Bill Knight column for Thursday, Friday or Saturday, April 21, 22 or 23
While Garland during his 19-year tenure on the U.S. Court of Appeals for the District of Columbia Circuit generally has favored labor, that could be because of his “strong views favoring deference to agency decision-makers,” according to Tom Goldstein of SCOTUSBlog, instead of his having a strong pro-labor viewpoint.
Garland’s judicial record on labor cases led many union leaders to endorse President Obama’s nominating the Chicago native. For example, AFL-CIO president Richard Trumka praised Garland’s “impeccable credentials and deep experience.”
However, it’s useful to temper any expectations with context in considering what kind of Supreme Court Justice Garland would be. As Goldstein said, Garland seems to have been a cautious judge who usually agreed with government agencies, whether the National Labor Relations Board or the State Department.
In fact, when Garland served with current Chief Justice John Roberts on the Court of Appeals for two years, Garland agreed with Roberts 85 percent of the time in 34 cases on which they both worked.
Looking at cases they shared, Roberts concurred when Garland wrote that union activists could legally leaflet one of their employer’s facilities despite not working at that job site, but Garland signed on when Roberts overruled an NLRB ruling that a group of college workers had bargaining rights. Also, the two agreed in refusing to hear a lower court case permitting the Bush administration’s requirement that government contractors post information about employees’ right to not join unions.
They also disagreed a few times, such as Garland’s dissent in a Roberts’ opinion that two contractors didn’t break the law by delivering defective train cars to Amtrak.
“Given his preference for restraint, it’s unlikely that Garland would significantly counter the Court’s pro-business tilt of the past four decades,” commented Justin Miller, a writing fellow at The American Prospect magazine. That’s significant at a time when the Supreme Court – including its “liberals” -- has grown more supportive of big business’s interests even as everyday Americans’ anger at the corporate agenda has increased, according to Noam Scheiber in the New York Times. Scheiber noticed “a growing rift between the country and the nation’s highest court on questions of economic power and support for big business.”
As Galesburg native and independent journalist David Moberg wrote in In These Times magazine, “It’s hard to give [Garland] a clear political label, but Garland does not seem to be as progressive on workers’ rights issues as Scalia was reactionary.”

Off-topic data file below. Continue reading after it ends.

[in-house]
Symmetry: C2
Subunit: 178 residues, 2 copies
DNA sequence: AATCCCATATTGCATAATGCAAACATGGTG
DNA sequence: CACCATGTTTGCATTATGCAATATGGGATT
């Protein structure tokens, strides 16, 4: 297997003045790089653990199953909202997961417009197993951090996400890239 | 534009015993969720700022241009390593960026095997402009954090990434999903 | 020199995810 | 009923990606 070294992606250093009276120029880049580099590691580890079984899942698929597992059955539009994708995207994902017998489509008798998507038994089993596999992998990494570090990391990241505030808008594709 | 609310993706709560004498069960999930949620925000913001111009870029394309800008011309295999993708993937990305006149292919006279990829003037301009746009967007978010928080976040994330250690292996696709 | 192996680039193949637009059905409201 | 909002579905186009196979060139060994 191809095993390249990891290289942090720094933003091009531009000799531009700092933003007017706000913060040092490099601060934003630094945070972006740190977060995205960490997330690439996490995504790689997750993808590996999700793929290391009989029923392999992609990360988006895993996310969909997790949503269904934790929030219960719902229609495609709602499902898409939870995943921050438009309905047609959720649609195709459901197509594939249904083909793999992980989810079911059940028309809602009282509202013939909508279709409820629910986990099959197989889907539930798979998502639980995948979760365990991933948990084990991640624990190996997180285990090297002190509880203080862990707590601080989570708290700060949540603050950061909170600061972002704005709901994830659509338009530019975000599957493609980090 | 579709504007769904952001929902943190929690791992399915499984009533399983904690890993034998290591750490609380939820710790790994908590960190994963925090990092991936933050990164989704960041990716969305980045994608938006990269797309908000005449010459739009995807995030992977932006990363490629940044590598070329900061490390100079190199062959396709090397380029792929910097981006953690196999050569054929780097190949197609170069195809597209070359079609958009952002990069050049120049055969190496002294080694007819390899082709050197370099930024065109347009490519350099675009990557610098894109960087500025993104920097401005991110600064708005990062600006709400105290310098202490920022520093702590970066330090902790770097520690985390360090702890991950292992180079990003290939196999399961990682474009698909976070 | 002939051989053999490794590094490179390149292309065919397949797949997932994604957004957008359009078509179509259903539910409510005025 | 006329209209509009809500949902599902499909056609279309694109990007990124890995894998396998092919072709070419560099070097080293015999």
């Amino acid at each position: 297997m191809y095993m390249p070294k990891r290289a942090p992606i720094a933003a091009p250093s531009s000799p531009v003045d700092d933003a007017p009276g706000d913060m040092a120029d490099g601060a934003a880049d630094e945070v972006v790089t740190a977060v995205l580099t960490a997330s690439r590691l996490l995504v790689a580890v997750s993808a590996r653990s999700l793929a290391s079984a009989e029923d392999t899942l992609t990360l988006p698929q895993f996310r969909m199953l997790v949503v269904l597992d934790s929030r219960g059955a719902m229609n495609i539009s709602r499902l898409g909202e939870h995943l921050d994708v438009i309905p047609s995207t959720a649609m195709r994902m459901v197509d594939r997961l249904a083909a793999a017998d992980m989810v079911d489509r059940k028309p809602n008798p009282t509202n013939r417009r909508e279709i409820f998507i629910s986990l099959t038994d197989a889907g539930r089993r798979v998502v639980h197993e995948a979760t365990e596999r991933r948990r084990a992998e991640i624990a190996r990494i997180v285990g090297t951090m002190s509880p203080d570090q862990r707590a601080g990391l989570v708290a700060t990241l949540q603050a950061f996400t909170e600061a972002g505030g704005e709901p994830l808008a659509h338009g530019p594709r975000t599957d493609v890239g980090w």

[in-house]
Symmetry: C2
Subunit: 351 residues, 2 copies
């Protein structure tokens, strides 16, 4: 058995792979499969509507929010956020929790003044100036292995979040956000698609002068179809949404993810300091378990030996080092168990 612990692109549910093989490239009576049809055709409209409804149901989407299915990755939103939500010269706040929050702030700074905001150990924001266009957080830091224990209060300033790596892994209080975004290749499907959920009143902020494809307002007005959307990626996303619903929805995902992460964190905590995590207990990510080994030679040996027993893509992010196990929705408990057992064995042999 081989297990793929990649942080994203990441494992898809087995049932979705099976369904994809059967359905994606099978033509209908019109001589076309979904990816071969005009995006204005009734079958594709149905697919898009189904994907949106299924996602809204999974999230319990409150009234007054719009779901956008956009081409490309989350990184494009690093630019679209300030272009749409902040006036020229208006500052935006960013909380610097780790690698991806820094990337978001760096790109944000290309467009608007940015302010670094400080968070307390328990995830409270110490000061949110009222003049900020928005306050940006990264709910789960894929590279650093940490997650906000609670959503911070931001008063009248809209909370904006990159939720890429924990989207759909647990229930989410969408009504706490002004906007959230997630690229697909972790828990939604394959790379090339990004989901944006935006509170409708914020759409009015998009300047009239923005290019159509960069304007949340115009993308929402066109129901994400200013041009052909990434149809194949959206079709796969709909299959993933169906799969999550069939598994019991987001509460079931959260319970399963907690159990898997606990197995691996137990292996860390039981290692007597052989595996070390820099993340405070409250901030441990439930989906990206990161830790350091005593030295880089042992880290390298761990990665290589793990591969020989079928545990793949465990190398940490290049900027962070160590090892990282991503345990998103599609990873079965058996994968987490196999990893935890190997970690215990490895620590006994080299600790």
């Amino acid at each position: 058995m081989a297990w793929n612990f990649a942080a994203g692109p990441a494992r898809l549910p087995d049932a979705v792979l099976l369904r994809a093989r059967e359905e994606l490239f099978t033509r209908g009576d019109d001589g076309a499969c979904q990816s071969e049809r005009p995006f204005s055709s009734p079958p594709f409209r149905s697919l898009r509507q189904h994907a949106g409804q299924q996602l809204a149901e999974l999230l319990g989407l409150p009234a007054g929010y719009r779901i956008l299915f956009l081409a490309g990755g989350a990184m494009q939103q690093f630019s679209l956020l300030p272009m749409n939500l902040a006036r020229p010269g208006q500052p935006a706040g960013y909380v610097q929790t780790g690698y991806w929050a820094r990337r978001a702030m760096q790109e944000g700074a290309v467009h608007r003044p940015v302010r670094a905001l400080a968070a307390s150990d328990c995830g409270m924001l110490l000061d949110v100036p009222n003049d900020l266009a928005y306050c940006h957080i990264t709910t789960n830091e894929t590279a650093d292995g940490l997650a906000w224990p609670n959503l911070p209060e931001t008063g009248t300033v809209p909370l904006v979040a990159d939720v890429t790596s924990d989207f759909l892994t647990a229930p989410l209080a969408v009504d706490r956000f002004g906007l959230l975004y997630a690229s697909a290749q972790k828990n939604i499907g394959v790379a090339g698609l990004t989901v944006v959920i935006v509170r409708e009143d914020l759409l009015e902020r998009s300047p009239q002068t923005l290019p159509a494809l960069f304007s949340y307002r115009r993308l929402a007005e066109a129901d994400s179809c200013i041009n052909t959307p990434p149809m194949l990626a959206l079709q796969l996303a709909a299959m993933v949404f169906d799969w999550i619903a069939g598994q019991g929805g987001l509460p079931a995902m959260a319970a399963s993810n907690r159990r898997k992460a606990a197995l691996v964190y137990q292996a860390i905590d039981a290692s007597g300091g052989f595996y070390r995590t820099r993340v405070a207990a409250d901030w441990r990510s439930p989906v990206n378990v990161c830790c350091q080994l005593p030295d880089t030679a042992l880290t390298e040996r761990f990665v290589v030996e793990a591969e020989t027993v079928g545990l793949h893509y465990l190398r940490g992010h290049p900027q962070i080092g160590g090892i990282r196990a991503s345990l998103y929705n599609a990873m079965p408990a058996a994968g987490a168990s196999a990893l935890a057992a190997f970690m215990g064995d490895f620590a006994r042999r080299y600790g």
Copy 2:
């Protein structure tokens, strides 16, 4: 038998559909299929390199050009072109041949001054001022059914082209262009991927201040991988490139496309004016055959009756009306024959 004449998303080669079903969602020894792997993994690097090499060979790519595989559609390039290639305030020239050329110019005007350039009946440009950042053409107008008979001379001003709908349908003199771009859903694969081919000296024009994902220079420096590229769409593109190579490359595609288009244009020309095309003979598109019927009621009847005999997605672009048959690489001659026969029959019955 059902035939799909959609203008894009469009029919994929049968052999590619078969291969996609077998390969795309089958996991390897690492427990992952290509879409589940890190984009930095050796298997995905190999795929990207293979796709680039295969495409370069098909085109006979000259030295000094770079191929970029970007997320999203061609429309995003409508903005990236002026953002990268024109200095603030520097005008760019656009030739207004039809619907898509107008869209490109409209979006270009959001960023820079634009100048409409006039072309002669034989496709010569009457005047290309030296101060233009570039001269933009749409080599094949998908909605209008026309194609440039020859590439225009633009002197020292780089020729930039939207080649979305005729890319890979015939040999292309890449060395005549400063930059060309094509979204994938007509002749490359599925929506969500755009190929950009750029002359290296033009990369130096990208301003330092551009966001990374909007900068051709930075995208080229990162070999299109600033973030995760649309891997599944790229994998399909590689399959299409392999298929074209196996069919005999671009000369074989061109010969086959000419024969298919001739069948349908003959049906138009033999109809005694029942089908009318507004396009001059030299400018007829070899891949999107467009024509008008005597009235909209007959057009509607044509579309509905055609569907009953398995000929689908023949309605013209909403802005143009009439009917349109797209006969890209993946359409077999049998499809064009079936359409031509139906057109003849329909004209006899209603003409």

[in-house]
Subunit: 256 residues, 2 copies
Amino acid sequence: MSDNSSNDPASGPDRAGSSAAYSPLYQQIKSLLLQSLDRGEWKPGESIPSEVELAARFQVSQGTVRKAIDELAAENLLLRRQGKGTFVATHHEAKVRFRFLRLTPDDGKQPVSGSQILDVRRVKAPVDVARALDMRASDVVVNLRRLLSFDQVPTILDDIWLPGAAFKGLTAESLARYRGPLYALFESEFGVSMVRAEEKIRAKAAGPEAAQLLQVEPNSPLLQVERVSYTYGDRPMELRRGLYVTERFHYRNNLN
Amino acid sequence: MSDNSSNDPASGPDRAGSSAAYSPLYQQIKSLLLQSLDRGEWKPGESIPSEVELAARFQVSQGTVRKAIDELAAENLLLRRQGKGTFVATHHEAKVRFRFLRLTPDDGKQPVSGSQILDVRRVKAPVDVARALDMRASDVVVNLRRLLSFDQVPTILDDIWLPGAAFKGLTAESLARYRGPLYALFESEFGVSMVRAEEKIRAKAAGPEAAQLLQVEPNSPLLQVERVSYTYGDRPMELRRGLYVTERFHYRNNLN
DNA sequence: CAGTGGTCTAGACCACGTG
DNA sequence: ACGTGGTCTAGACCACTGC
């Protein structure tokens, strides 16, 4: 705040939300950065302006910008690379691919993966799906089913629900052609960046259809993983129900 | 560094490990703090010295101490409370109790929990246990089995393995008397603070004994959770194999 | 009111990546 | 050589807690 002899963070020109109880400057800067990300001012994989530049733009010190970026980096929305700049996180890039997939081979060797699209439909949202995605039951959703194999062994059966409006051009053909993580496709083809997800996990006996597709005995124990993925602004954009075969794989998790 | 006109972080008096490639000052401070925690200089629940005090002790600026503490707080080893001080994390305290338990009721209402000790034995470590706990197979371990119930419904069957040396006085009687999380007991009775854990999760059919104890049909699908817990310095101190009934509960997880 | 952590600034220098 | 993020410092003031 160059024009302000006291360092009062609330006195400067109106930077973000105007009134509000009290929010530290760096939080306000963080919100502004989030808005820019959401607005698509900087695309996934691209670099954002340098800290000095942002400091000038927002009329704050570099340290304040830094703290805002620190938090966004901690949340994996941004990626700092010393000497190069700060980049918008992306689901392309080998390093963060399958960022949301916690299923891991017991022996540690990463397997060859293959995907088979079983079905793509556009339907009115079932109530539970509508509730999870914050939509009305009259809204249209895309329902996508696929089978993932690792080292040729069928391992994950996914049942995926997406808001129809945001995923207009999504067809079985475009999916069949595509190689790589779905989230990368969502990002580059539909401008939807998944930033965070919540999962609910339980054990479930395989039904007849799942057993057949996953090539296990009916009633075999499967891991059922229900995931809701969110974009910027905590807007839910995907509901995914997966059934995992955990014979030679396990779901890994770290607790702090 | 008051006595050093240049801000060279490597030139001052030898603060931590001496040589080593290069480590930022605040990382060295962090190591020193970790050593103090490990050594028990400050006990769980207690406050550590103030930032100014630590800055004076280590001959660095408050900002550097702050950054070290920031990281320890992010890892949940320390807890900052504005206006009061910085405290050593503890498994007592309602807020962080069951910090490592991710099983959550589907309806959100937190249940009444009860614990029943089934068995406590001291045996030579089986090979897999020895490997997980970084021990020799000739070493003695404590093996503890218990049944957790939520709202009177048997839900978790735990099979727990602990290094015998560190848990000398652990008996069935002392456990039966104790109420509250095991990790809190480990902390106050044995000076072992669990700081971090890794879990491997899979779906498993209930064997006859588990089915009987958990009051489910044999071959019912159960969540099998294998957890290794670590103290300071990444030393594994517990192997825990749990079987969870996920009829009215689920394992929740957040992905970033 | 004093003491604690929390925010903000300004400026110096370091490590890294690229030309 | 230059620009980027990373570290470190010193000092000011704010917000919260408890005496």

True, Garland -- appointed to the Appeals Court by President Bill Clinton -- upheld NLRB’s Unfair Labor Practice charges 18 out of 22 times, but, again, that arguably was in support of a government agency.
As Catherine Fisk wrote in onlabor.org, appointing a genuine progressive -- or at least someone sympathetic to labor itself and not the government agencies responsible for enforcing labor law -- could be momentous for workers.
“Scalia’s death should put the brakes on National Right to Work’s effort to speed a case to the Court asking it to eliminate exclusive representation for home care workers or, perhaps, even for all public sector workers,” Fisk wrote. “Not only that, but a newly-constituted Court might decide that ‘Harris v. Quinn’ was wrong to eliminate fair share fees for home care workers and that ‘Knox v. SEIU Local 1000’ was wrong to prohibit unions from charging nonmembers for mid-term assessments.”
Further, adding a truly liberal voice could open the door to challenges on several 5-4 decisions that undermined workers’ rights, she said. Still, Garland might be influential on cases that center on the National Labor Relations Act, arbitration agreements, and workers’ First Amendment rights.
For now, however, labor has the Garland nomination (and an obstructionist Senate), and he is what he is. As to the common ground between him and Roberts, that could mean Roberts is less of a conservative firebrand than feared, or that Garland is more moderate than many would have preferred. Finally, progressives might recall another familiar saying -- a line made famous by conservative Republican President Ronald Reagan: “Trust but verify.”
[PICTURED: Labor activists demonstrate outside the U.S. Supreme Court building this winter. Photo from North Bergen Federation of Teachers]